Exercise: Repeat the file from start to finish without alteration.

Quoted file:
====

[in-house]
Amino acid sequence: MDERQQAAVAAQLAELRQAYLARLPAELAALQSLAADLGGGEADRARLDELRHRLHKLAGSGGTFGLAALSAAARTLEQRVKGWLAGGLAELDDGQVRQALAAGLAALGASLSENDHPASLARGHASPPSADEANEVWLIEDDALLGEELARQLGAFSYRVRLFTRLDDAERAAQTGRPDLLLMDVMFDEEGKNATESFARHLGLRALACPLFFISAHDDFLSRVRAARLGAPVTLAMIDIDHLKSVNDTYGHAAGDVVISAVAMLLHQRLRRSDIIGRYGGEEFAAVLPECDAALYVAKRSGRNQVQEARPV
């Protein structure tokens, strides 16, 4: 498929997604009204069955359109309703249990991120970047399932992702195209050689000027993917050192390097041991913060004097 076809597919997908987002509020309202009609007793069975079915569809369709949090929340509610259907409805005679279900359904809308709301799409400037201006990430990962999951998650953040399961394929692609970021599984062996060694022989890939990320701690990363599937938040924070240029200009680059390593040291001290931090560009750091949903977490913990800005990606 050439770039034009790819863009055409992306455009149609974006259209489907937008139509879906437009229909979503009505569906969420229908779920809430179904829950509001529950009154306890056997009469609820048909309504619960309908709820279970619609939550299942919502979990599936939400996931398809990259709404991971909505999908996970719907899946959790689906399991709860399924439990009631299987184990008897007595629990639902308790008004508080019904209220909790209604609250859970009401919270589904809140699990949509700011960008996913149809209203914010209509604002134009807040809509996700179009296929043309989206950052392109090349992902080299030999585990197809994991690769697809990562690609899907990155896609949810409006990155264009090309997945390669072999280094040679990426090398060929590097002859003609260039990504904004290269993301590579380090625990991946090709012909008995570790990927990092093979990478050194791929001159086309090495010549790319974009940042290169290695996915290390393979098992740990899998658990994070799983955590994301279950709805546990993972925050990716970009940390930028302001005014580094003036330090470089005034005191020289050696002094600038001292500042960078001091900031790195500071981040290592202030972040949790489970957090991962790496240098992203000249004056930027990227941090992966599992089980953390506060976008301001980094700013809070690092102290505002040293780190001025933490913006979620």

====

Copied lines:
[in-house]
Amino acid sequence: MDERQQAAVAAQLAELRQAYLARLPAELAALQSLAADLGGGEADRARLDELRHRLHKLAGSGGTFGLAALSAAARTLEQRVKGWLAGGLAELDDGQVRQALAAGLAALGASLSENDHPASLARGHASPPSADEANEVWLIEDDALLGEELARQLGAFSYRVRLFTRLDDAERAAQTGRPDLLLMDVMFDEEGKNATESFARHLGLRALACPLFFISAHDDFLSRVRAARLGAPVTLAMIDIDHLKSVNDTYGHAAGDVVISAVAMLLHQRLRRSDIIGRYGGEEFAAVLPECDAALYVAKRSGRNQVQEARPV
């Protein structure tokens, strides 16, 4: 498929997604009204069955359109309703249990991120970047399932992702195209050689000027993917050192390097041991913060004097 076809597919997908987002509020309202009609007793069975079915569809369709949090929340509610259907409805005679279900359904809308709301799409400037201006990430990962999951998650953040399961394929692609970021599984062996060694022989890939990320701690990363599937938040924070240029200009680059390593040291001290931090560009750091949903977490913990800005990606 050439770039034009790819863009055409992306455009149609974006259209489907937008139509879906437009229909979503009505569906969420229908779920809430179904829950509001529950009154306890056997009469609820048909309504619960309908709820279970619609939550299942919502979990599936939400996931398809990259709404991971909505999908996970719907899946959790689906399991709860399924439990009631299987184990008897007595629990639902308790008004508080019904209220909790209604609250859970009401919270589904809140699990949509700011960008996913149809209203914010209509604002134009807040809509996700179009296929043309989206950052392109090349992902080299030999585990197809994991690769697809990562690609899907990155896609949810409006990155264009090309997945390669072999280094040679990426090398060929590097002859003609260039990504904004290269993301590579380090625990991946090709012909008995570790990927990092093979990478050194791929001159086309090495010549790319974009940042290169290695996915290390393979098992740990899998658990994070799983955590994301279950709805546990993972925050990716970009940390930028302001005014580094003036330090470089005034005191020289050696002094600038001292500042960078001091900031790195500071981040290592202030972040949790489970957090991962790496240098992203000249004056930027990227941090992966599992089980953390506060976008301001980094700013809070690092102290505002040293780190001025933490913006979620």